Although this document starts with a bold faced warning, few read it, and those who do fail to understand its inherent legalese. In fact, it has been reported that many older principals sign their documents based only upon the limited information given to them by their "abuser agent". It's just too easy and perhaps too tempting for those who mean harm!
At present, the execution of a durable power of attorney is accomplished by the principal's notarized signature. Would strengthening the execution requirements make more principals aware of what they are signing and dissuade would be abusers? Certainly the notary process is not taken as seriously as it perhaps should, many times, however, with the best of intentions. Would the process be improved if the notary faced a felony charge for not making the necessary inquiries as to the capacity of the principal to sign? What if the notary were personally liable for any financial loss incurred as a consequence of the misuse of a durable power of attorney, at least under circumstances where the document was notarized without the presence of the principal or signed by a clearly incompetent principal.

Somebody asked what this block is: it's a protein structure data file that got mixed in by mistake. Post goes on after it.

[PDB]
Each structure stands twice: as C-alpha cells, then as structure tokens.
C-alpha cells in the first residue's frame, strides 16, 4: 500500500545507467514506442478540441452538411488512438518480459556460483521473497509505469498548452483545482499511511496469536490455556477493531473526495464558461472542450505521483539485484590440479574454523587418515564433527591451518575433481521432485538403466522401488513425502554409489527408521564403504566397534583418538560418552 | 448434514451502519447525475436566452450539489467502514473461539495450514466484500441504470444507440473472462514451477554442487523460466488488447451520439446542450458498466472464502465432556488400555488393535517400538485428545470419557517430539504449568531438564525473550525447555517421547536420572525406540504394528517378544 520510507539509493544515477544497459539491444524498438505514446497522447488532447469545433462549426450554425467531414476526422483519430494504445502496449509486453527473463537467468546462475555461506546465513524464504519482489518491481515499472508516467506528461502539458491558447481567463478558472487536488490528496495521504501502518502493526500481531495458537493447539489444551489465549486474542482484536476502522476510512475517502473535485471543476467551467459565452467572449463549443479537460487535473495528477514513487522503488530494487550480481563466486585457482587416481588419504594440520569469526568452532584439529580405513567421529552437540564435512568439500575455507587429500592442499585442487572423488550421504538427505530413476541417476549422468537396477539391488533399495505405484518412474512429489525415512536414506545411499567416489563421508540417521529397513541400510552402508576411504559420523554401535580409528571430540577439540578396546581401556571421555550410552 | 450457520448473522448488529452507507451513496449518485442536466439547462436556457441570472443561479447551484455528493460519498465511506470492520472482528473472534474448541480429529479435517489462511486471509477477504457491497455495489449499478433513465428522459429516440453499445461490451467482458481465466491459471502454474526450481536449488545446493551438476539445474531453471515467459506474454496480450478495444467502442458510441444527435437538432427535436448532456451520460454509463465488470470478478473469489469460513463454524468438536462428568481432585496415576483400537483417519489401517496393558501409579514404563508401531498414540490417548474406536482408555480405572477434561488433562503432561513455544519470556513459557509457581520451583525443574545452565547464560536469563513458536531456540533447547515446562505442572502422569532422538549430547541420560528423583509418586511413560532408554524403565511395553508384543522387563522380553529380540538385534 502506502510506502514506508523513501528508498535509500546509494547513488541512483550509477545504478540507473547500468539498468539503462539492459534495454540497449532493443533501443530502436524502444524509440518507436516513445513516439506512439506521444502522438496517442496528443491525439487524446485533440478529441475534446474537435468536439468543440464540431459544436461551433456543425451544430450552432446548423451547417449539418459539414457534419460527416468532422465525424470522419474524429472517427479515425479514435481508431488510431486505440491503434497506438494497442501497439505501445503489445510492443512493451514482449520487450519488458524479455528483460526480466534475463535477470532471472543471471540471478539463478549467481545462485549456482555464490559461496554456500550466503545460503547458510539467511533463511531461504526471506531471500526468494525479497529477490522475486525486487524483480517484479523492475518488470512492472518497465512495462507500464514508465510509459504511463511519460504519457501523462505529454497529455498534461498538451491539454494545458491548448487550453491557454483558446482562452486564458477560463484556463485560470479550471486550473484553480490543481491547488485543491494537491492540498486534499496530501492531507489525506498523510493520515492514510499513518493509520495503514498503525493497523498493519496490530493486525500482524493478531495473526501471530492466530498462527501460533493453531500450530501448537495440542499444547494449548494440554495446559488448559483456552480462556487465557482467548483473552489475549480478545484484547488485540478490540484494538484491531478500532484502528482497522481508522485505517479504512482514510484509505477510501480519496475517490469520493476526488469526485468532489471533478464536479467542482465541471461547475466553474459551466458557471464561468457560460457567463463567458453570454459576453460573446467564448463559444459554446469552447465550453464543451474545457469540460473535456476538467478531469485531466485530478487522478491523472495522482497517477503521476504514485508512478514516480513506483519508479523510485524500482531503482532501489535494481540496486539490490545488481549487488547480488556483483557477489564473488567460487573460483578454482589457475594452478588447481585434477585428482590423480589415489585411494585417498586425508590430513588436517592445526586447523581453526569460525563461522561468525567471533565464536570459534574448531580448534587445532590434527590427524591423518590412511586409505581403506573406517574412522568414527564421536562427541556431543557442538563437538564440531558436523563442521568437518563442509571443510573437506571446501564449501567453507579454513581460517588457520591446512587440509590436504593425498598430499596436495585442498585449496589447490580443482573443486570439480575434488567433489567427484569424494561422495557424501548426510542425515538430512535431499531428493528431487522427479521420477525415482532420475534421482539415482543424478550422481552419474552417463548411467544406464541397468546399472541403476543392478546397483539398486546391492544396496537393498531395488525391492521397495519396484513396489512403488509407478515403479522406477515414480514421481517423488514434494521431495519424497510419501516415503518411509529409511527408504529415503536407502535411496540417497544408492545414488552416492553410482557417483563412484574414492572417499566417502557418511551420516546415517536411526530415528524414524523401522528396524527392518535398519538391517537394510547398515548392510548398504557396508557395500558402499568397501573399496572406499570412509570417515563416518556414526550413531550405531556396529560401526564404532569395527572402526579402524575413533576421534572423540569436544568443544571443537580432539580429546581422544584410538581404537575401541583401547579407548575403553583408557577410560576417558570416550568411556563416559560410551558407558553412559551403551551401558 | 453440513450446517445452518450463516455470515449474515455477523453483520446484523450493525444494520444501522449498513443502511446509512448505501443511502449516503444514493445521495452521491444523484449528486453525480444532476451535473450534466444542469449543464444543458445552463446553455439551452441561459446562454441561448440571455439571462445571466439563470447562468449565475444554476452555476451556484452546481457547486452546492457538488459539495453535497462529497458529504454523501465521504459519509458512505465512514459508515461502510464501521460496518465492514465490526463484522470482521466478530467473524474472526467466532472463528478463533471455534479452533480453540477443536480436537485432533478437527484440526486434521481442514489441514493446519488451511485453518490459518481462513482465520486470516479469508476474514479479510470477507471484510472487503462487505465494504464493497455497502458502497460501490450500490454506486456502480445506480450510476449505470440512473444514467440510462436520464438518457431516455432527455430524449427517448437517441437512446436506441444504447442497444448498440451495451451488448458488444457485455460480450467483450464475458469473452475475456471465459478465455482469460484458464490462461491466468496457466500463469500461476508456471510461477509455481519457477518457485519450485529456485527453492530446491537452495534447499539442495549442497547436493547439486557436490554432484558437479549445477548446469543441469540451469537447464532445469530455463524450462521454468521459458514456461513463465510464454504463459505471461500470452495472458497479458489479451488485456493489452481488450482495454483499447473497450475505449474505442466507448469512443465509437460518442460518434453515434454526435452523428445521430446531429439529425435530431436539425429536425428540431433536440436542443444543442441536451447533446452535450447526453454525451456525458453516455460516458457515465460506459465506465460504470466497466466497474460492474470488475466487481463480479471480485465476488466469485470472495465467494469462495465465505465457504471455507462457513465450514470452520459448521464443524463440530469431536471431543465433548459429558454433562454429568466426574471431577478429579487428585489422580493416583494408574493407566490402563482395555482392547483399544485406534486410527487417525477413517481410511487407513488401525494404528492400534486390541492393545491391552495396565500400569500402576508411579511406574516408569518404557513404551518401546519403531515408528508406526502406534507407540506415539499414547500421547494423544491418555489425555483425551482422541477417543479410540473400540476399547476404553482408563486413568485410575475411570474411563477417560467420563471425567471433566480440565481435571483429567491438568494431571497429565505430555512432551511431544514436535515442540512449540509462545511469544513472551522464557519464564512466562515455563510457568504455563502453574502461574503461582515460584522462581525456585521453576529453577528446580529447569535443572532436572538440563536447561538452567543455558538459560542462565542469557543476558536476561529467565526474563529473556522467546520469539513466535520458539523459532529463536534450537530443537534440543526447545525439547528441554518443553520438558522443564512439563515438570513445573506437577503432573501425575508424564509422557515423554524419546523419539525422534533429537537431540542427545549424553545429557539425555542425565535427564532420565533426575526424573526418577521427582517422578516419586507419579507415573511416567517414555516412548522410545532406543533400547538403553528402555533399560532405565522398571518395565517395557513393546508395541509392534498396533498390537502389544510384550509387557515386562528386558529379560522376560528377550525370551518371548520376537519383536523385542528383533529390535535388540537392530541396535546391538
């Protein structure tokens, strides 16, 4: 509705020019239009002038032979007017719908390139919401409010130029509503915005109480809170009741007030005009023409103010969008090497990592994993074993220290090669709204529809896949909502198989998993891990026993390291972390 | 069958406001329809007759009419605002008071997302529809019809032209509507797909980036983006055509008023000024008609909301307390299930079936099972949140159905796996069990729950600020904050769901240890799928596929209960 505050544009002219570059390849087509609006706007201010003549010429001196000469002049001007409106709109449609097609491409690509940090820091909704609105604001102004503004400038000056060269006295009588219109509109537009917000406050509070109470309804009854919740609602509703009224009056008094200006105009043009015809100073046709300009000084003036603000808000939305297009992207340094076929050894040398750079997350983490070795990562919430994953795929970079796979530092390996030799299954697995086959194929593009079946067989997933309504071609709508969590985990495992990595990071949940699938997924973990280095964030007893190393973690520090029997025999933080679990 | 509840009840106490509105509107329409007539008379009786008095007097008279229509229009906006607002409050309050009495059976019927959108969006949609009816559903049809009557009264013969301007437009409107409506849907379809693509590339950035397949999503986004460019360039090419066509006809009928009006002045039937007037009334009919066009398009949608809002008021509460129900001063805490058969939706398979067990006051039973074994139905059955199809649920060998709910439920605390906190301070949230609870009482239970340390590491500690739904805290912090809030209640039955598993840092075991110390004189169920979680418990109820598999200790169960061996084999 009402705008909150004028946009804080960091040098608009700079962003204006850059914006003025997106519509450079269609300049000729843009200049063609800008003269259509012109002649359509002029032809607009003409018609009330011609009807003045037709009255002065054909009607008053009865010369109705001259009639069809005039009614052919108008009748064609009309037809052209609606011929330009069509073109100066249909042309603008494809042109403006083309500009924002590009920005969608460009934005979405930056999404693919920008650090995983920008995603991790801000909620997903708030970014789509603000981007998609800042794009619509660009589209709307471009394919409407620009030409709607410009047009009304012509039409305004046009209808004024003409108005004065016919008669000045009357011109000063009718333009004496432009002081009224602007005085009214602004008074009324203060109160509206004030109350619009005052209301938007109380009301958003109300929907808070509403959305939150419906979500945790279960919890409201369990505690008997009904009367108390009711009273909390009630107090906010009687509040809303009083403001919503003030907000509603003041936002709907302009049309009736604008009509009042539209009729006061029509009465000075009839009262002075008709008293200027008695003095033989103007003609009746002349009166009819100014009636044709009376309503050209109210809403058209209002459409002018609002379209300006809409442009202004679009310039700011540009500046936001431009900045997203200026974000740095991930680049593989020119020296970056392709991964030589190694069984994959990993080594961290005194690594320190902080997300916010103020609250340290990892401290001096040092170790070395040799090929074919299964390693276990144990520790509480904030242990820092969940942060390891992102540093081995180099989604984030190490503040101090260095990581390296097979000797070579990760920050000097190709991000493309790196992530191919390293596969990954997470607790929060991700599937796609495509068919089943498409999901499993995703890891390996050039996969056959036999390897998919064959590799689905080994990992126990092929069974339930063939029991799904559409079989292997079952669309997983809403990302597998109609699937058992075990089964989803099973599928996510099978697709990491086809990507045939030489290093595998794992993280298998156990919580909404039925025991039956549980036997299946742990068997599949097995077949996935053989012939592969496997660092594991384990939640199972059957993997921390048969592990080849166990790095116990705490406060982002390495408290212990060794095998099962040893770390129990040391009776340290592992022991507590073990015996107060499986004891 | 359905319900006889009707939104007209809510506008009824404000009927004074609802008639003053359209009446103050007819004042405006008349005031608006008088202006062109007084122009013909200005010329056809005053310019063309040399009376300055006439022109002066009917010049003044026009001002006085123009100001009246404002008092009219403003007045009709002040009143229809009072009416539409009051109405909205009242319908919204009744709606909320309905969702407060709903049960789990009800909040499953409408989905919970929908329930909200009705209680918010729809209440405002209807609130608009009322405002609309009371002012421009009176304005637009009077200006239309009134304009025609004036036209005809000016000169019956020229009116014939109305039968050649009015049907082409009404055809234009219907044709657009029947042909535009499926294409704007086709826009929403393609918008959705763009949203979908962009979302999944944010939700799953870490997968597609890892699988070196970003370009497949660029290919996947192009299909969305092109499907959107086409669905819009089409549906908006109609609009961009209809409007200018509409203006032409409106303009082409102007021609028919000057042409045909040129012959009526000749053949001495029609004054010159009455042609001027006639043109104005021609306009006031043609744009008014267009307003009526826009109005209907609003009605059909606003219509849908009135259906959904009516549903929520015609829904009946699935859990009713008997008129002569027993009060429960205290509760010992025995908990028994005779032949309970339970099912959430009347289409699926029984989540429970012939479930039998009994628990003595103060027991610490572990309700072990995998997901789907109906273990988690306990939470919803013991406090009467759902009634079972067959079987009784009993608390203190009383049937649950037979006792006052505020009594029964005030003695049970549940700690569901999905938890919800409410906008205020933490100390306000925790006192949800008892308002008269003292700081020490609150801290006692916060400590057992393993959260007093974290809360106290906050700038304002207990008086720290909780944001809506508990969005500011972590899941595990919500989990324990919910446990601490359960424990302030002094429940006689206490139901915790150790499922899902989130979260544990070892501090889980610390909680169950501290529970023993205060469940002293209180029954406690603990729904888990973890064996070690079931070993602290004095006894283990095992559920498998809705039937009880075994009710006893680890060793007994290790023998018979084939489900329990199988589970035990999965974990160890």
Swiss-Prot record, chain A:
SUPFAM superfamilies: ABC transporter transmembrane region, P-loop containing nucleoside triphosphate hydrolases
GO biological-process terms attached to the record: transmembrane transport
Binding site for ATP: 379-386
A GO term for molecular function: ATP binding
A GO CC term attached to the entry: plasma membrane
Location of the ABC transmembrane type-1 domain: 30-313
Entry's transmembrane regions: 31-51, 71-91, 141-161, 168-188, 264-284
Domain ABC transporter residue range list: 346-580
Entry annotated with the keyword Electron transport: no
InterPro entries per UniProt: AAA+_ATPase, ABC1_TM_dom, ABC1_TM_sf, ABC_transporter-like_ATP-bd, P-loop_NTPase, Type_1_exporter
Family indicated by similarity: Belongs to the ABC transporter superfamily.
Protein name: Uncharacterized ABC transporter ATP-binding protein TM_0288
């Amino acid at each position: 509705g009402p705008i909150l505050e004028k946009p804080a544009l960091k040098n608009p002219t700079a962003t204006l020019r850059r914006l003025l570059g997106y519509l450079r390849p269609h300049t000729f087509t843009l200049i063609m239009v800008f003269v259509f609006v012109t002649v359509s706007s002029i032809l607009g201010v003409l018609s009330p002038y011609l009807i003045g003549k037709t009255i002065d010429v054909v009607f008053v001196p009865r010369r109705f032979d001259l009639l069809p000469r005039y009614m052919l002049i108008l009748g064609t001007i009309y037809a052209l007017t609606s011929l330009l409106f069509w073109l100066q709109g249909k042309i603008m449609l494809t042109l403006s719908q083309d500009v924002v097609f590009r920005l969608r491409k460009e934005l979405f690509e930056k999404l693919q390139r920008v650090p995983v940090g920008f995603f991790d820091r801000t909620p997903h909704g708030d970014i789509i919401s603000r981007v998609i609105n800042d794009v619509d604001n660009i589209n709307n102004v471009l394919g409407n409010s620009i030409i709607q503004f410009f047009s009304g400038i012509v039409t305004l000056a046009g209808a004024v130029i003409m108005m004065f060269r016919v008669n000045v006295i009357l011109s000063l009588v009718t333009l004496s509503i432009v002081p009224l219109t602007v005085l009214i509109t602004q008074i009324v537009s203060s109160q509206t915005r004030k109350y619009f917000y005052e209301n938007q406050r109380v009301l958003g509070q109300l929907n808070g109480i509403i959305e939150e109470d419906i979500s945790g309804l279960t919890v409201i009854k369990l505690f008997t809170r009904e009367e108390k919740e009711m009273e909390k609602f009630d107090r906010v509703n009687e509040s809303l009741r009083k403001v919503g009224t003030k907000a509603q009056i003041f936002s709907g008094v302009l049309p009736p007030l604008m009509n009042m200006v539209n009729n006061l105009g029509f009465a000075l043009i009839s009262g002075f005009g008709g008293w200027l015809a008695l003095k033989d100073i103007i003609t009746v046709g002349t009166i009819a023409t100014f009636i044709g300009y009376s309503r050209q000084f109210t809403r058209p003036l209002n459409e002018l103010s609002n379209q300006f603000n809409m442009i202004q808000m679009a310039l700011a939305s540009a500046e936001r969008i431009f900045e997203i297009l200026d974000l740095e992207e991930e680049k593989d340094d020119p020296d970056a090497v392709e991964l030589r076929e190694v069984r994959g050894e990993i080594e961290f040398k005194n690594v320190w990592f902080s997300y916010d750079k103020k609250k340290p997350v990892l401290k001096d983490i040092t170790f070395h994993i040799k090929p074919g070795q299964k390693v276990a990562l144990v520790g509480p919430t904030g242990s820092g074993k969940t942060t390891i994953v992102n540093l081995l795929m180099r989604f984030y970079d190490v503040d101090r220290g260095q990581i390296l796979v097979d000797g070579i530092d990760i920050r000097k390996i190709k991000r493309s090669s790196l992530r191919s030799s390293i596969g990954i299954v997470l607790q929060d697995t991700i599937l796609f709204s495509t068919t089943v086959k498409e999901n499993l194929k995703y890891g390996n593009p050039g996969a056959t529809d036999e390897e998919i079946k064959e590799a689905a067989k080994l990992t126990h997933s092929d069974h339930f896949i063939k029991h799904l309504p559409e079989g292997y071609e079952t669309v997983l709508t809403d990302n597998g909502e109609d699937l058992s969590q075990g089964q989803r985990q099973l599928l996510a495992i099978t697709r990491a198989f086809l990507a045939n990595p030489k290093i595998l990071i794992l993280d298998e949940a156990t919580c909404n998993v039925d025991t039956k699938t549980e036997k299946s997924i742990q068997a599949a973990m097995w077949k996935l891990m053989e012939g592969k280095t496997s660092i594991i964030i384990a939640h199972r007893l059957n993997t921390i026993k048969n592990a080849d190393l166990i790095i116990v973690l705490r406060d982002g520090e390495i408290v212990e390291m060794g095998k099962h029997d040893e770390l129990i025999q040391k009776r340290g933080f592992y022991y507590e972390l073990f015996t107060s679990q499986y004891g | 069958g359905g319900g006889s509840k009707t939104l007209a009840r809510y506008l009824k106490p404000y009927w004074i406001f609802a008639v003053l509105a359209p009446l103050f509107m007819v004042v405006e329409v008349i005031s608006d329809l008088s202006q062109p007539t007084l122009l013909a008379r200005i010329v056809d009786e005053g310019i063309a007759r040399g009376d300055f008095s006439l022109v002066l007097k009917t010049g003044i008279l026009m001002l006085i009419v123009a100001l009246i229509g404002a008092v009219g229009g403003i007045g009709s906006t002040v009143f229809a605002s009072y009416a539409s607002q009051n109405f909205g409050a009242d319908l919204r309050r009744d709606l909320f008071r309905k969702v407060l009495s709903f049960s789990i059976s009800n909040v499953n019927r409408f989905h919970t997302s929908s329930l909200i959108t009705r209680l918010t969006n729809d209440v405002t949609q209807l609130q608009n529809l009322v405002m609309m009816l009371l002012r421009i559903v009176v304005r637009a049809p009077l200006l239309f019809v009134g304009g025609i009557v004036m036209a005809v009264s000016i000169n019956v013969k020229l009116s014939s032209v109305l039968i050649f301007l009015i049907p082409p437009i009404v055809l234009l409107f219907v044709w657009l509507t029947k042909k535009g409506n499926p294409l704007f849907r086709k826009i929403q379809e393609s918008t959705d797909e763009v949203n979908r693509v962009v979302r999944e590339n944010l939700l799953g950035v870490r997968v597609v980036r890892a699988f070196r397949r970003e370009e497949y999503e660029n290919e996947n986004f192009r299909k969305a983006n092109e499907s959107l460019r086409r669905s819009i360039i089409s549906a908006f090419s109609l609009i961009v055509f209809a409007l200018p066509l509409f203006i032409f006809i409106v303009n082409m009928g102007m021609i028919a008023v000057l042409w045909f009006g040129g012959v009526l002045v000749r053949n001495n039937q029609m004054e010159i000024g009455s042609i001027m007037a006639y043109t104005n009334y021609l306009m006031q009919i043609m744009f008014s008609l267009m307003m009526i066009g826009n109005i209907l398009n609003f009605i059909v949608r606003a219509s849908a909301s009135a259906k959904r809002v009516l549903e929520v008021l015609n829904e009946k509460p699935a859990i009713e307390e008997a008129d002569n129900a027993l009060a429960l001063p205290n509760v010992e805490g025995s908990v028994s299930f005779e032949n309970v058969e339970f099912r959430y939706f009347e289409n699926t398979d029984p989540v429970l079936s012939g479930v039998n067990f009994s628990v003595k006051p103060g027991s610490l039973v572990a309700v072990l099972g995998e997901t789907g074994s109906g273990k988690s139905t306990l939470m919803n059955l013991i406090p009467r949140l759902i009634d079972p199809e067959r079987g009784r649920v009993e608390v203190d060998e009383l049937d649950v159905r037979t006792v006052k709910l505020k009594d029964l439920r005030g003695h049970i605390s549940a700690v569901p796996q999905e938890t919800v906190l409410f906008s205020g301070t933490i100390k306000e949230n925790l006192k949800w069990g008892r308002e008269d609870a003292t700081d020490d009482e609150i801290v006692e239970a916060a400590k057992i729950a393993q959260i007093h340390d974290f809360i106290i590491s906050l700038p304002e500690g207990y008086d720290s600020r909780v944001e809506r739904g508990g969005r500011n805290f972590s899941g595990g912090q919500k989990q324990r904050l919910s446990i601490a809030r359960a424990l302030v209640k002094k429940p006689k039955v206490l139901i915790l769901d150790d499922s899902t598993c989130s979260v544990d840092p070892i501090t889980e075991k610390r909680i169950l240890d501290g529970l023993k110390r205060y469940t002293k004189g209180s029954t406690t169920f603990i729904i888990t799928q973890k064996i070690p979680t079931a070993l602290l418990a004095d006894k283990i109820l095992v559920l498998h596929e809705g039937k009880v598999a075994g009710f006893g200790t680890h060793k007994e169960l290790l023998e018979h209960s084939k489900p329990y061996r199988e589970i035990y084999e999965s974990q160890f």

Would it be better if we required a durable power of attorney signing using the same formalities of a Will signing? Perhaps, but forging signatures and finding co-conspirators to witness the documents seems like an easy way to circumvent the good intentions of increased formalities. If this latter point if true, increased execution requirements will likely not have an appreciable effect on such elder abuse.
What if all durable powers of attorney had to be prepared by attorneys? Certainly we would think that if a lawyer is involved in the process, such elder abuse would be caught in its tracks. But this is probably not the case in practice because of our zeal to help and our naive under-appreciation for the potential for abuse.
Next time we will illustrate this by looking at a common example in an Elder Law attorney's office.